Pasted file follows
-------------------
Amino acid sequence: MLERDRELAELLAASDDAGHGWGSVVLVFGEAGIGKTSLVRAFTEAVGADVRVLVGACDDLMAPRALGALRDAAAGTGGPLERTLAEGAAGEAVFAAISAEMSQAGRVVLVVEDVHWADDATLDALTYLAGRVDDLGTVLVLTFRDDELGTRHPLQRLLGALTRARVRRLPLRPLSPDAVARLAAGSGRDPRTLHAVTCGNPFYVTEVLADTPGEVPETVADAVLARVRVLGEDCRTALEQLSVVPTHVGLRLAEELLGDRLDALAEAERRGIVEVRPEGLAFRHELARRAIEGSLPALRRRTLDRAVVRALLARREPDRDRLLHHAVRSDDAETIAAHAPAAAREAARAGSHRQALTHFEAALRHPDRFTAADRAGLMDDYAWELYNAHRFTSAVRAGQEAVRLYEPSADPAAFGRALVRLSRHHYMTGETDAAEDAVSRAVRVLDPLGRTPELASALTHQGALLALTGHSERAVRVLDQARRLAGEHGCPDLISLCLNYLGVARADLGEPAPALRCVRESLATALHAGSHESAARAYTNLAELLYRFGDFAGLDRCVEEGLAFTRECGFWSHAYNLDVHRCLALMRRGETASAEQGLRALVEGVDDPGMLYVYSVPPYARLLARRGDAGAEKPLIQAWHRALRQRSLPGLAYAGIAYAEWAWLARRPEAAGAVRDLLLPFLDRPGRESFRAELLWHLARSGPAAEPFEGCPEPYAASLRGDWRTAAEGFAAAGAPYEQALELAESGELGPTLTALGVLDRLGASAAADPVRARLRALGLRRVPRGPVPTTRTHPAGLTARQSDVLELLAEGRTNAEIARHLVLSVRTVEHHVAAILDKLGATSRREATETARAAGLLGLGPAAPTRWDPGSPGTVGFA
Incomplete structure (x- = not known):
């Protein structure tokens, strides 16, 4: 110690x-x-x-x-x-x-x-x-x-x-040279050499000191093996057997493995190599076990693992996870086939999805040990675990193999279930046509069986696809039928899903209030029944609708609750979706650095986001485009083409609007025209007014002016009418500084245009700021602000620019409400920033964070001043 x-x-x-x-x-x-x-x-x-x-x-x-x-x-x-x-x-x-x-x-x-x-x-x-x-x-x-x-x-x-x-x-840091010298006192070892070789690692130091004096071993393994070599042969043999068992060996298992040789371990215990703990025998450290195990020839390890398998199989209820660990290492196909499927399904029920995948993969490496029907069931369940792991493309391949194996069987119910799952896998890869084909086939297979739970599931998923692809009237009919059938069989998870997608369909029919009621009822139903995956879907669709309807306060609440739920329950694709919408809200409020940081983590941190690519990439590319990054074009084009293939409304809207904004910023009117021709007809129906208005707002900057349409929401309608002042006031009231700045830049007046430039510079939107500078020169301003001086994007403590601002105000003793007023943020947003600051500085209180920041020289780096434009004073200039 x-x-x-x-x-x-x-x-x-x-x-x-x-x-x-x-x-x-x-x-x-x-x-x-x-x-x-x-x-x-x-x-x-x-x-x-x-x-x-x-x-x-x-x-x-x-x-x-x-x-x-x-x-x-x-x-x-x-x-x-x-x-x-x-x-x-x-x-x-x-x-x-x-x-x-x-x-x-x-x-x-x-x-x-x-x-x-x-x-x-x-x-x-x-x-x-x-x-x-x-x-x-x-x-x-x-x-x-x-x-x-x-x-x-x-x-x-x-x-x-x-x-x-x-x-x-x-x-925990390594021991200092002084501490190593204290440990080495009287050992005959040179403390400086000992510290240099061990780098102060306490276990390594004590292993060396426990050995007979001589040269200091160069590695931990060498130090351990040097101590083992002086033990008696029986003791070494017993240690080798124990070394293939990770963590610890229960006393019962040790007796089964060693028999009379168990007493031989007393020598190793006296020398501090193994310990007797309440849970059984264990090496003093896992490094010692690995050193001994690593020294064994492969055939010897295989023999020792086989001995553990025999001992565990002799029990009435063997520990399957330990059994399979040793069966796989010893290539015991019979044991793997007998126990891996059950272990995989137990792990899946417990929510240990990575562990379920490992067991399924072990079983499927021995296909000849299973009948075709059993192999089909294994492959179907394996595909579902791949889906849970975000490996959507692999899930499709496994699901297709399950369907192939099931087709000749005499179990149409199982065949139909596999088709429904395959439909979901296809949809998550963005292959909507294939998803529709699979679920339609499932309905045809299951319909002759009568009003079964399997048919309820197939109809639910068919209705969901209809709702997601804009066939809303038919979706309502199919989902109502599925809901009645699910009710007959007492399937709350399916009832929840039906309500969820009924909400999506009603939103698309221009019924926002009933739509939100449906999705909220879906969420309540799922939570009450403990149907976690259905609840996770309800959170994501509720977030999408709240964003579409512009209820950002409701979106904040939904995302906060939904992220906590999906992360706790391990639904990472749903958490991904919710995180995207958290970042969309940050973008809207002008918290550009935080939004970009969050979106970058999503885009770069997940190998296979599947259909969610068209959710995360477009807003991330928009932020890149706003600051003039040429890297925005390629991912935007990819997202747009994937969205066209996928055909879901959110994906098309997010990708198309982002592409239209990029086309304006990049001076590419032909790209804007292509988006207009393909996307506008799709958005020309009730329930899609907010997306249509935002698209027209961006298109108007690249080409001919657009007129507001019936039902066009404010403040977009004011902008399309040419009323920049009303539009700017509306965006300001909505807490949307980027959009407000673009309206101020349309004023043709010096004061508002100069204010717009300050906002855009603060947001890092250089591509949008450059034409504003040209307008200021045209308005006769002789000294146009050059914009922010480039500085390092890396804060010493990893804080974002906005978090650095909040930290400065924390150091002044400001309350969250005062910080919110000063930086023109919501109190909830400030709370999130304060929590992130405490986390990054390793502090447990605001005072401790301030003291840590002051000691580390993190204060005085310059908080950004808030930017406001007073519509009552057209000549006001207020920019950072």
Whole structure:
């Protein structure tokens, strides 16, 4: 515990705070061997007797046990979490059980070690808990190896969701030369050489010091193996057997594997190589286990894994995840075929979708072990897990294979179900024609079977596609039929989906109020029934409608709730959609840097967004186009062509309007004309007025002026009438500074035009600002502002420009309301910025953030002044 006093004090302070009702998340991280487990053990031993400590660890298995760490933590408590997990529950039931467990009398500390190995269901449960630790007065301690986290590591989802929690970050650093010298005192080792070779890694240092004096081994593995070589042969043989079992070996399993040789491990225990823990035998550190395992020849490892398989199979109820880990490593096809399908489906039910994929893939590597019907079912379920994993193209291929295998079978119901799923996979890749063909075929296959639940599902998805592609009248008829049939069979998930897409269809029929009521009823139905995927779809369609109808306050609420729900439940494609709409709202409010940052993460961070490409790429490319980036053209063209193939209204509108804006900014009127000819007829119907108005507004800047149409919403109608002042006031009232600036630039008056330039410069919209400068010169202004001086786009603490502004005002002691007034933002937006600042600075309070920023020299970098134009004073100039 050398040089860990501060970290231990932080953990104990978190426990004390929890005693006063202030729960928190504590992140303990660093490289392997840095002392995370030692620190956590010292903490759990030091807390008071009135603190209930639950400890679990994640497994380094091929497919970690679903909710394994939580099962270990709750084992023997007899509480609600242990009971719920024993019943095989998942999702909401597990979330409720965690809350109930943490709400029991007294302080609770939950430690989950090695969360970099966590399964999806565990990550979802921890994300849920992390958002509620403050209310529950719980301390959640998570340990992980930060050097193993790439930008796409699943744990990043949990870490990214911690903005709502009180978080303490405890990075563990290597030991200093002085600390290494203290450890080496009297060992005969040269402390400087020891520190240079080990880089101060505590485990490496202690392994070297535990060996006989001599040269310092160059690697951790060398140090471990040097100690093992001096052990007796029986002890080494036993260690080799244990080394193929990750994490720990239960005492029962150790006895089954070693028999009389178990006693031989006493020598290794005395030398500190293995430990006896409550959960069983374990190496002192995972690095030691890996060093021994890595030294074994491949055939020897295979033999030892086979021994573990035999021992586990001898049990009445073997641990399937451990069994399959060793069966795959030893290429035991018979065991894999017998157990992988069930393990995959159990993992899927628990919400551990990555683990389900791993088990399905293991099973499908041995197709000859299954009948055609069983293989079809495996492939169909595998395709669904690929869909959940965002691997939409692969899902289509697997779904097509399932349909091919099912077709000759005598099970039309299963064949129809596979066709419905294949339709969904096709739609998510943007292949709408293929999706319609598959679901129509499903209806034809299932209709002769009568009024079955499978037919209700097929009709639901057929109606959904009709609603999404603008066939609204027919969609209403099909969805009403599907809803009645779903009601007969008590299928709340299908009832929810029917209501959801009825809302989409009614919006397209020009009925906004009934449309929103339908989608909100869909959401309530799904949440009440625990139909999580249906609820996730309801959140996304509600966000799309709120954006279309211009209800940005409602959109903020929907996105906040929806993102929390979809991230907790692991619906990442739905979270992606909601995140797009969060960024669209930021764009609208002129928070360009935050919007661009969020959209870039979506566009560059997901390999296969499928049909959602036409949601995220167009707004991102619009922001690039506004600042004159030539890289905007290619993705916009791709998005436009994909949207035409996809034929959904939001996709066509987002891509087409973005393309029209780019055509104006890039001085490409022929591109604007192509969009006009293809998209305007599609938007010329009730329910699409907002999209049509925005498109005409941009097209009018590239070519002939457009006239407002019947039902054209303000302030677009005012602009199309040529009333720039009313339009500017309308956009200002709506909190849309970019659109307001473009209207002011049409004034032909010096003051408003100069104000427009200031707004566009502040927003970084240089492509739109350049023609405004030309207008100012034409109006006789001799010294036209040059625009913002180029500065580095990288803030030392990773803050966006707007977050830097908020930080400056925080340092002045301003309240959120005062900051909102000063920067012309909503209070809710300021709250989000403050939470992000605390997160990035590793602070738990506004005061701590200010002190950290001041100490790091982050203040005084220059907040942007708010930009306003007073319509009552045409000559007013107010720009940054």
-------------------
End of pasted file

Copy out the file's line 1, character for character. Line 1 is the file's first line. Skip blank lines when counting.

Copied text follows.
Amino acid sequence: MLERDRELAELLAASDDAGHGWGSVVLVFGEAGIGKTSLVRAFTEAVGADVRVLVGACDDLMAPRALGALRDAAAGTGGPLERTLAEGAAGEAVFAAISAEMSQAGRVVLVVEDVHWADDATLDALTYLAGRVDDLGTVLVLTFRDDELGTRHPLQRLLGALTRARVRRLPLRPLSPDAVARLAAGSGRDPRTLHAVTCGNPFYVTEVLADTPGEVPETVADAVLARVRVLGEDCRTALEQLSVVPTHVGLRLAEELLGDRLDALAEAERRGIVEVRPEGLAFRHELARRAIEGSLPALRRRTLDRAVVRALLARREPDRDRLLHHAVRSDDAETIAAHAPAAAREAARAGSHRQALTHFEAALRHPDRFTAADRAGLMDDYAWELYNAHRFTSAVRAGQEAVRLYEPSADPAAFGRALVRLSRHHYMTGETDAAEDAVSRAVRVLDPLGRTPELASALTHQGALLALTGHSERAVRVLDQARRLAGEHGCPDLISLCLNYLGVARADLGEPAPALRCVRESLATALHAGSHESAARAYTNLAELLYRFGDFAGLDRCVEEGLAFTRECGFWSHAYNLDVHRCLALMRRGETASAEQGLRALVEGVDDPGMLYVYSVPPYARLLARRGDAGAEKPLIQAWHRALRQRSLPGLAYAGIAYAEWAWLARRPEAAGAVRDLLLPFLDRPGRESFRAELLWHLARSGPAAEPFEGCPEPYAASLRGDWRTAAEGFAAAGAPYEQALELAESGELGPTLTALGVLDRLGASAAADPVRARLRALGLRRVPRGPVPTTRTHPAGLTARQSDVLELLAEGRTNAEIARHLVLSVRTVEHHVAAILDKLGATSRREATETARAAGLLGLGPAAPTRWDPGSPGTVGFA